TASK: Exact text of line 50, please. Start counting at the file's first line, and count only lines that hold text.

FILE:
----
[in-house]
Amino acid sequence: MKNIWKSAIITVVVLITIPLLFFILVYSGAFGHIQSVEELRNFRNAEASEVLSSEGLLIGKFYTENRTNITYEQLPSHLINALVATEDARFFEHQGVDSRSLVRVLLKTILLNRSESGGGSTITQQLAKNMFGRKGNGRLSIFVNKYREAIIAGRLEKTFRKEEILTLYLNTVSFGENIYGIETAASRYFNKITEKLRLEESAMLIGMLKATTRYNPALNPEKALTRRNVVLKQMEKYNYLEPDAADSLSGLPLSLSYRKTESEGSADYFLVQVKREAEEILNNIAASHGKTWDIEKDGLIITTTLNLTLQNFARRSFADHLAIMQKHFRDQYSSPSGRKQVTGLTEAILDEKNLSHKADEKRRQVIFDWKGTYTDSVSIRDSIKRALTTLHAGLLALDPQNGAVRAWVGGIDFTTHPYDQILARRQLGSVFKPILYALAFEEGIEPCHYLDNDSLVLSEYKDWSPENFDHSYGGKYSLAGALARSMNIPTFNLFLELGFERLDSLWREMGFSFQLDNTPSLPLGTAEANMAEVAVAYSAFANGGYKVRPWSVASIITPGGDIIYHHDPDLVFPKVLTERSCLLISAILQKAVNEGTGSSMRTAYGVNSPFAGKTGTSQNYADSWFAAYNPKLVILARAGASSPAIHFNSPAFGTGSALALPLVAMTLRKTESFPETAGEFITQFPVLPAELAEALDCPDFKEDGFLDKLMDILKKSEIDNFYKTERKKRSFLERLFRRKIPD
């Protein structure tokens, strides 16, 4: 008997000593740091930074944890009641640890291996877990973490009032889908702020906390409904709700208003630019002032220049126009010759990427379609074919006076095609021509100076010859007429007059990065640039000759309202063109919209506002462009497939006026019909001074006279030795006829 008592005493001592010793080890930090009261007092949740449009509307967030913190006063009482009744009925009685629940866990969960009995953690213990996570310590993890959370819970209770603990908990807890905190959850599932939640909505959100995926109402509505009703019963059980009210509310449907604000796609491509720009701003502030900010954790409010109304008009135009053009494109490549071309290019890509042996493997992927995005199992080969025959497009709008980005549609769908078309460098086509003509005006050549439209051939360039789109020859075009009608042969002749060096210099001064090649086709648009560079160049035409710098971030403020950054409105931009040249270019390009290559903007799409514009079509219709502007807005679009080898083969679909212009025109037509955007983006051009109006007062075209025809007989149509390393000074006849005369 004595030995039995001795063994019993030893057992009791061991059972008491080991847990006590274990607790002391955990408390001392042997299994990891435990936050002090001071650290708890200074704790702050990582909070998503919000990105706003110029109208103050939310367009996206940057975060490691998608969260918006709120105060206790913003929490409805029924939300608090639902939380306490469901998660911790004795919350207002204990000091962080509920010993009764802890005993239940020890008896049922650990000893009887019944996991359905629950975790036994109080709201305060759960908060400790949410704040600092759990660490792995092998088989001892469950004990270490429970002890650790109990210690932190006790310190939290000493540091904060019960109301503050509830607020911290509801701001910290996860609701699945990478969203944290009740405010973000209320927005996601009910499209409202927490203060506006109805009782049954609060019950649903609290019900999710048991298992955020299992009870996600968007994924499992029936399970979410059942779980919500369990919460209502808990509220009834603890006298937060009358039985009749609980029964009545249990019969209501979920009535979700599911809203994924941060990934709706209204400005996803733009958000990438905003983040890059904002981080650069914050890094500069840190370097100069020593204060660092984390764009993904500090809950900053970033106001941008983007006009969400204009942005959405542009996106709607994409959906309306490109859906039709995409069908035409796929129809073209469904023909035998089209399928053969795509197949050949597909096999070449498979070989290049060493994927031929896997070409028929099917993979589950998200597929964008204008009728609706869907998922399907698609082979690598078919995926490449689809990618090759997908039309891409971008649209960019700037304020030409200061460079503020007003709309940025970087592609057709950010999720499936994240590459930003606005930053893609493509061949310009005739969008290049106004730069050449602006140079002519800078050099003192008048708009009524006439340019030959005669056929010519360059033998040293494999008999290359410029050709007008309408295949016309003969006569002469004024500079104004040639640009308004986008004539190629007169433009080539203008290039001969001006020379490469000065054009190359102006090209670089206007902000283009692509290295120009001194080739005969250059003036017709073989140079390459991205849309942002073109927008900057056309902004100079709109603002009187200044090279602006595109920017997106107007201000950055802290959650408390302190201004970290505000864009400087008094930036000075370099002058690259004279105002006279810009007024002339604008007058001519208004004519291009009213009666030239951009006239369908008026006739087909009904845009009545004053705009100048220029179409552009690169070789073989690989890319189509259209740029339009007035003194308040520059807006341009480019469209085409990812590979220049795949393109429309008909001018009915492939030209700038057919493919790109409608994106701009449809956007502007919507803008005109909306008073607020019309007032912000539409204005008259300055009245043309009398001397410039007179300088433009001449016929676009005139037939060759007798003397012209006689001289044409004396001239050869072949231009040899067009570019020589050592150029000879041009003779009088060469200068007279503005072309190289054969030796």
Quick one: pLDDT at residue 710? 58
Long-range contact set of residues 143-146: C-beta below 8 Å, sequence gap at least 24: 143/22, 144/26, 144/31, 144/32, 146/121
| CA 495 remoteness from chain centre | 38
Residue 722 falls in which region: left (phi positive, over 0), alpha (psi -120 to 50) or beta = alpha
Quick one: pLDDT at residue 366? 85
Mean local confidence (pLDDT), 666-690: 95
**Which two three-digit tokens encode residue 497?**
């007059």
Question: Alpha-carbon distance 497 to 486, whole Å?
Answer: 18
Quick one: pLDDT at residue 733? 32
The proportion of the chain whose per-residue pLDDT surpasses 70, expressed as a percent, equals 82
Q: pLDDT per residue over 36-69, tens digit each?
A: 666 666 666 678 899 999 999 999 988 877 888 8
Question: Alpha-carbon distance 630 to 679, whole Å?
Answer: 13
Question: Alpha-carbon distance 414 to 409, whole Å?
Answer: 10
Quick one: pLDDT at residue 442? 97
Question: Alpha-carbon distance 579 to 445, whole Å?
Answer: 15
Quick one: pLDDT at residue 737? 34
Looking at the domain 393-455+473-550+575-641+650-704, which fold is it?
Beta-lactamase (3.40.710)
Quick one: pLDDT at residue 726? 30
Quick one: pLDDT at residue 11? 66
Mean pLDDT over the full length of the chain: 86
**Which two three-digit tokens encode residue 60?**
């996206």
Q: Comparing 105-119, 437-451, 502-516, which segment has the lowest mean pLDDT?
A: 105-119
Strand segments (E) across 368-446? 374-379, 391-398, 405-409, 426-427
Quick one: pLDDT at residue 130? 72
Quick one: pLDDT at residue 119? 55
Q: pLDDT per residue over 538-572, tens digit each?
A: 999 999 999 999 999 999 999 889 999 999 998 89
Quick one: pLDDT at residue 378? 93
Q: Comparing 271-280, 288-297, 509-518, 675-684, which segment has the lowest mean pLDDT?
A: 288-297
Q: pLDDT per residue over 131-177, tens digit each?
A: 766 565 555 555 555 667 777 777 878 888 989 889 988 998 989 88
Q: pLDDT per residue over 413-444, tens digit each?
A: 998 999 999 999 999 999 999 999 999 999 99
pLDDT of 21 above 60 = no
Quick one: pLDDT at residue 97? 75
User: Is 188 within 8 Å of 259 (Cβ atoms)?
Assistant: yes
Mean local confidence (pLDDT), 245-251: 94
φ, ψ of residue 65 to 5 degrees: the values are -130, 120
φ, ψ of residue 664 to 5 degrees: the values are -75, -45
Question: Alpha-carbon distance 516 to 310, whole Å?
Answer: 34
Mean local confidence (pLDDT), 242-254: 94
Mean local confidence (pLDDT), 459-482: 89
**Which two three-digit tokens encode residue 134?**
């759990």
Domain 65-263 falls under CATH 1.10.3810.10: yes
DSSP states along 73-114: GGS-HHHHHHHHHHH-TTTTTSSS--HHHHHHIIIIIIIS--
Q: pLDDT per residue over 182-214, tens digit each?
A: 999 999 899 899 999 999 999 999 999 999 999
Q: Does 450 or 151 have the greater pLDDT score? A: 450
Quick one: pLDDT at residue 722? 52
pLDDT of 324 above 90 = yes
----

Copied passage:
Assistant: yes